When making an employee redundant, employers have to decide who should be part of the pool for selection. In Halpin v Sandpiper Books Ltd, the Employment Appeal Tribunal (EAT) said that the pool can consist of one employee as selection is only relevant when there is a number of similarly qualified possible people who could be made redundant.
Mr Halpin was taken on by Sandpiper Books in 2007 as an administrator / analyst in London, where he worked mainly on analysing mail order sales.
In 2008, the company decided to expand into the Chinese market and, as Mr Halpin had spent a year in China teaching English as a foreign language, he was promoted to work in the firm’s China office, mainly doing sales work.
In August 2009, the company decided to close that office because it was not financially viable and decided to continue the work through a locally based agency rather than employed staff.
Mr Halpin was offered, but refused, part-time administrative work in the company’s Devon office and was then dismissed by reason of redundancy.
He brought a claim for unfair dismissal.
The Tribunal said that there was a genuine redundancy situation, as the company no longer had a requirement for work of the particular kind in the place where Mr Halpin was employed, namely to promote sales of books for Sandpiper in China.
It found that he had been fairly selected for redundancy "in so far as he was in a pool of one given his unique position dealing solely with sales and based in China".
As the company had consulted properly with him, taken reasonable steps to investigate the possibility of alternative employment, followed a fair procedure (including meetings and the right of appeal), the Tribunal concluded that the company had done “all that could be expected in the circumstances”.
Mr Halpin appealed, arguing that no reasonable employer would limit the pool to just the workers whose work had diminished and exclude those with interchangeable skills.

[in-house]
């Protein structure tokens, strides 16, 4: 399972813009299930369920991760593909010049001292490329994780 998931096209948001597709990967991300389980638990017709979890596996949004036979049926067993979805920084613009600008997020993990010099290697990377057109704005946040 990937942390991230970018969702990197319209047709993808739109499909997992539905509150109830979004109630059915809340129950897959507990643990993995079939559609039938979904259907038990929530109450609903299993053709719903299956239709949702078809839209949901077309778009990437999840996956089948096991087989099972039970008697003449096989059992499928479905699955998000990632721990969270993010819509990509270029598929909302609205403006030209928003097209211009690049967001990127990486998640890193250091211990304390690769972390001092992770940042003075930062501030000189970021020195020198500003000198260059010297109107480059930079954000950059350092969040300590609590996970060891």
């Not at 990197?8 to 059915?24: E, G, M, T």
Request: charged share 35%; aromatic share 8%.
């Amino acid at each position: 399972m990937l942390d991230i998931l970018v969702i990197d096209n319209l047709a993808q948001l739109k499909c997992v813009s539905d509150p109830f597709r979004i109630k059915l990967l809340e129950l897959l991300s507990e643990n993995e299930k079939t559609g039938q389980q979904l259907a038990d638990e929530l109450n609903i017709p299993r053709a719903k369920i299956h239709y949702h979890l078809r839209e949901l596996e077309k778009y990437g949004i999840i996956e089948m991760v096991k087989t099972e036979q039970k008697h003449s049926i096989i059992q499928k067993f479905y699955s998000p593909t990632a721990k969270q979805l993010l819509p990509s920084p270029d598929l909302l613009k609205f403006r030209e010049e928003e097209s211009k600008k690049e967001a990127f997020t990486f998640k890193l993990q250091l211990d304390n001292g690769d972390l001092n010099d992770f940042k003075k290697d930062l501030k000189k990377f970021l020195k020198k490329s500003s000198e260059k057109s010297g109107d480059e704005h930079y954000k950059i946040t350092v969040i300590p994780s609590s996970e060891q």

The EAT upheld the Tribunal decision.
It said that the company’s decision to limit the pool to one person was logical and not one that could be easily overturned. Mr Halpin was on his own out in China and the company had decided someone local should do his job. It confirmed that the decision about who should be in the pool was one for management.
“Selection only operates, when fairness is concerned, where there is a number of similarly qualified possible targets for redundancy. In this case there was only him”, said the EAT.
The decision by management to make that post redundant inevitably put him at risk. Once the Tribunal had decided that the company had followed the correct procedures, it would not have been right for it to interfere with the management decision to make Mr Halpin redundant
Finally, it said that the fact that he had initially carried out “administrative and analysis duties that were still mainly done by others did not mean that he was not at risk of redundancy”.
This case reinforces how difficult it is to challenge an employer’s decision about who to place in the pool for selection for redundancy. The EAT confirmed that Tribunals cannot decide that the pool chosen by the employer was incorrect since that would mean the Tribunal had, in effect, become the decision-maker.